Making an Easter Ham? We’ve Got the Sauce

This heirloom recipe for raisin sauce is still delicious after all these years.

If my family has any Eastern traditions, it’s this raisin sauce, which my mother–and her mother in Connecticut–always served alongside a baked ham. The thick, glaze-y sauce, which evolved out of the late-19th- century Fannie Farmer Cookbook (the editors gave it the less-than-evocative title of "Ham Sauce #2," and included Worcestershire sauce in the recipe; for some reason we've always left it out) is aromatic and sweet–the perfect foil for salty ham. In some ways its spoiled me–I won’t eat a spiral-cut slice unless this raisin sauce is served alongside it. Luckily, it only takes ten minutes to make.

We included the recipe in the April issue of the magazine, but here it is in case you missed it.

Raisin Sauce 

1 cup sugar

1/2 cup water

1 10-ounce jar of currant jelly

1 cup raisins

2 tablespoons butter

3 tablespoons cider vinegar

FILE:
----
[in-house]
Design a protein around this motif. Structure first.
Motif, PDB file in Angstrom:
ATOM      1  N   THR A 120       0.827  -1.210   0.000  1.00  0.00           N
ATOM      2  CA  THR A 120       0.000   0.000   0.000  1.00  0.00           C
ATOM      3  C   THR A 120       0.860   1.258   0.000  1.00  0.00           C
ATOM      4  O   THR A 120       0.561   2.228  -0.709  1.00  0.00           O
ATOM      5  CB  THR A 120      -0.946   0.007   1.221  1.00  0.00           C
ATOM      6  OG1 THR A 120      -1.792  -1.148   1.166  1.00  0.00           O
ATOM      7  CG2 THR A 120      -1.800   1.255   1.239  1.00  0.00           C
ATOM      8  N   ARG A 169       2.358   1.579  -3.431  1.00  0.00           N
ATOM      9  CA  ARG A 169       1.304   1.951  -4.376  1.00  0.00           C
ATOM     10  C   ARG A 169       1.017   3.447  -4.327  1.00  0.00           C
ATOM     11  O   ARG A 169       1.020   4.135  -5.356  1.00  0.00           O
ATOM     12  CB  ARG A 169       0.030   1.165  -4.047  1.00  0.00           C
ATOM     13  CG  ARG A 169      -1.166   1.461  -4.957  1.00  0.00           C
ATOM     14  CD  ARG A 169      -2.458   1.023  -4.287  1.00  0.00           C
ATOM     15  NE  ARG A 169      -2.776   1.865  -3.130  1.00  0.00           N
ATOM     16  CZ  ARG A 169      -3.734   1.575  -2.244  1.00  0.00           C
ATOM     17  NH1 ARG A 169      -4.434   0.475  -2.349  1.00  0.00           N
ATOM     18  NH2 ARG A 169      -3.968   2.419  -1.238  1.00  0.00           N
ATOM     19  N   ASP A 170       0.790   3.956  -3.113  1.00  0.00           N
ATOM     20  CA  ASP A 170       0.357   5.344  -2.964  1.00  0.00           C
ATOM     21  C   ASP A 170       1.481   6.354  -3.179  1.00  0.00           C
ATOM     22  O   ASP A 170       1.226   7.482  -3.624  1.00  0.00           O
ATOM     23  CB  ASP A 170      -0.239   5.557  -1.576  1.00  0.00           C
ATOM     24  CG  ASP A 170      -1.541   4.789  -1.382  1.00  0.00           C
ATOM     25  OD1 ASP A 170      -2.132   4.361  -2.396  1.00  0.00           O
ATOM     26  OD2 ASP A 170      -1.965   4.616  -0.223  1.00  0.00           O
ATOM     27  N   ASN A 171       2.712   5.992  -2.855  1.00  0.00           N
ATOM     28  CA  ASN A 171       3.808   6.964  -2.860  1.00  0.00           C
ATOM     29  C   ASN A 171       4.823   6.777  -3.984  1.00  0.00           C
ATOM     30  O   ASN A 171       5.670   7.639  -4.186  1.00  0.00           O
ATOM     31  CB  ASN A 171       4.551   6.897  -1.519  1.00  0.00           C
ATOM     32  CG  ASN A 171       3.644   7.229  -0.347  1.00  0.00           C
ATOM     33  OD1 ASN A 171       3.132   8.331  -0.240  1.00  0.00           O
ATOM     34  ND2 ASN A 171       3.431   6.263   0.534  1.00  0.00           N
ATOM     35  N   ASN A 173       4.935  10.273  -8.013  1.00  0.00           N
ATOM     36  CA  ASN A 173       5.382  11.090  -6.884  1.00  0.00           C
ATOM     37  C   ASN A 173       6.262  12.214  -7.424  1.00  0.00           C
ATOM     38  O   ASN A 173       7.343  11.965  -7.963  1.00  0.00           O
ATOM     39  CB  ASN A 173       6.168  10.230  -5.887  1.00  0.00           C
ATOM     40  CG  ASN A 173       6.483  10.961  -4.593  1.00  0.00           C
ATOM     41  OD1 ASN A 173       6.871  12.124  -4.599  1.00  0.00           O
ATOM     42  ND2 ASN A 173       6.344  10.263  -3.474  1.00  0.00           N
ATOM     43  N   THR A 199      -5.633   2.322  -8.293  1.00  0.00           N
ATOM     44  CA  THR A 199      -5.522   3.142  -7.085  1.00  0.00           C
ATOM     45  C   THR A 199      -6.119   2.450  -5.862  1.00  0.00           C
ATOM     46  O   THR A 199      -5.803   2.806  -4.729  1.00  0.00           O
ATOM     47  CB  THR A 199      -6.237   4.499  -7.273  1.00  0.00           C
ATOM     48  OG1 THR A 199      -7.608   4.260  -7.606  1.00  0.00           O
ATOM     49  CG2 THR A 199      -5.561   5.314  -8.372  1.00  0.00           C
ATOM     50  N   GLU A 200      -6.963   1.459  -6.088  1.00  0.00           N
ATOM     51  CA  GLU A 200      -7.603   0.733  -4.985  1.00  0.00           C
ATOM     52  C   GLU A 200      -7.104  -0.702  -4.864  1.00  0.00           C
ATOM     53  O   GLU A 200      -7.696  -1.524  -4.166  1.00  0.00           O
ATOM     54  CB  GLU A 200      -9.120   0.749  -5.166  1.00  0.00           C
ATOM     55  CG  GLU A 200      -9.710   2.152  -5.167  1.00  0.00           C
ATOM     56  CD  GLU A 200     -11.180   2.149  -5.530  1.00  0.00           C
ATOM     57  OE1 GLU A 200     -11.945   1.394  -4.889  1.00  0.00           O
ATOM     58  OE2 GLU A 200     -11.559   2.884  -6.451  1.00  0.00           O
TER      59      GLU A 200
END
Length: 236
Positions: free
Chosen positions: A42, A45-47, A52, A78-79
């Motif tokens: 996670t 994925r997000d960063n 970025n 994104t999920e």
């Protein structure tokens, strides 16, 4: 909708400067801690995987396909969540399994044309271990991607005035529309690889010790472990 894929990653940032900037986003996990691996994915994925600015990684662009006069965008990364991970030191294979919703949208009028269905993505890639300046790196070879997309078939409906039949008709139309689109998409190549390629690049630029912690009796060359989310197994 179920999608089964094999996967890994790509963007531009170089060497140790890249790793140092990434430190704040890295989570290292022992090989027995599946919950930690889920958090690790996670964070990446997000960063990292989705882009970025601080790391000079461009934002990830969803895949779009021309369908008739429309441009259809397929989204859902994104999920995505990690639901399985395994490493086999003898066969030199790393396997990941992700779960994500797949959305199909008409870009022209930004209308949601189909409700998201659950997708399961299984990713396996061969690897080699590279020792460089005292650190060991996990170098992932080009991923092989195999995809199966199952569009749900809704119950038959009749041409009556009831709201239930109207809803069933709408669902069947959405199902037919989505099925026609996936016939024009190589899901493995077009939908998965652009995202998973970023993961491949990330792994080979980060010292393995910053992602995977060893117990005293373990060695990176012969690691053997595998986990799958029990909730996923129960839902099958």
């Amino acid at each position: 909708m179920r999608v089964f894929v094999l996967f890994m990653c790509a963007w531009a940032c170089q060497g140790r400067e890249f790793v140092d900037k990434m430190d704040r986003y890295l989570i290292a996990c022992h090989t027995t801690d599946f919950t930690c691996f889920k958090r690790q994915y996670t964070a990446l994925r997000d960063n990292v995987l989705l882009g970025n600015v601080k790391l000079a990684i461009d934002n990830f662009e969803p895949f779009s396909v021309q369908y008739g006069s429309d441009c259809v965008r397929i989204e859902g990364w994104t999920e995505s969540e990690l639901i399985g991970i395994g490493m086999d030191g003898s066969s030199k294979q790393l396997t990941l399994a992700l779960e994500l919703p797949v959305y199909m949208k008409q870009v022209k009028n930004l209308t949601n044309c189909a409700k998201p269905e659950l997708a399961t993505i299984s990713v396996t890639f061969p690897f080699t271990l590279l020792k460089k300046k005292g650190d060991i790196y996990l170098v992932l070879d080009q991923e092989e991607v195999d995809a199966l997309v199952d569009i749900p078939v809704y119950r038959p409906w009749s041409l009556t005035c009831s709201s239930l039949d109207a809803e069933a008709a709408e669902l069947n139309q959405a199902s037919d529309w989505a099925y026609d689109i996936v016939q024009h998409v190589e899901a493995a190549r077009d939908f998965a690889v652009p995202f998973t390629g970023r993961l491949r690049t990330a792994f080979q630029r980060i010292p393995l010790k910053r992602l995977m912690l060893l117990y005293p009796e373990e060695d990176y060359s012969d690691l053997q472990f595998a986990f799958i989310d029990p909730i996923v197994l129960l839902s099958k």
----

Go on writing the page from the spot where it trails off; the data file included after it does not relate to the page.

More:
1/4 teaspoon salt

1/8 teaspoon pepper 

1/4 teaspoon ground clove

Scant pinch ground mace

Place the sugar and the water in a saucepan over medium-high heat, and cook for 5 minutes to dissolve the sugar, stirring occasionally. Reduce the heat to medium and add the jar of currant jelly. Stir until the jelly melts, about 3 minutes. Stir in the remaining ingredients. Remove the pan from the heat and set aside for 10 minutes so the sauce thickens. Serve with baked ham. 


Ann Limpert
Executive Food Editor/Critic

Ann Limpert joined Washingtonian in late 2003. She was previously an editorial assistant at Entertainment Weekly and a cook in New York restaurant kitchens, and she is a graduate of the Institute of Culinary Education. She lives in Petworth.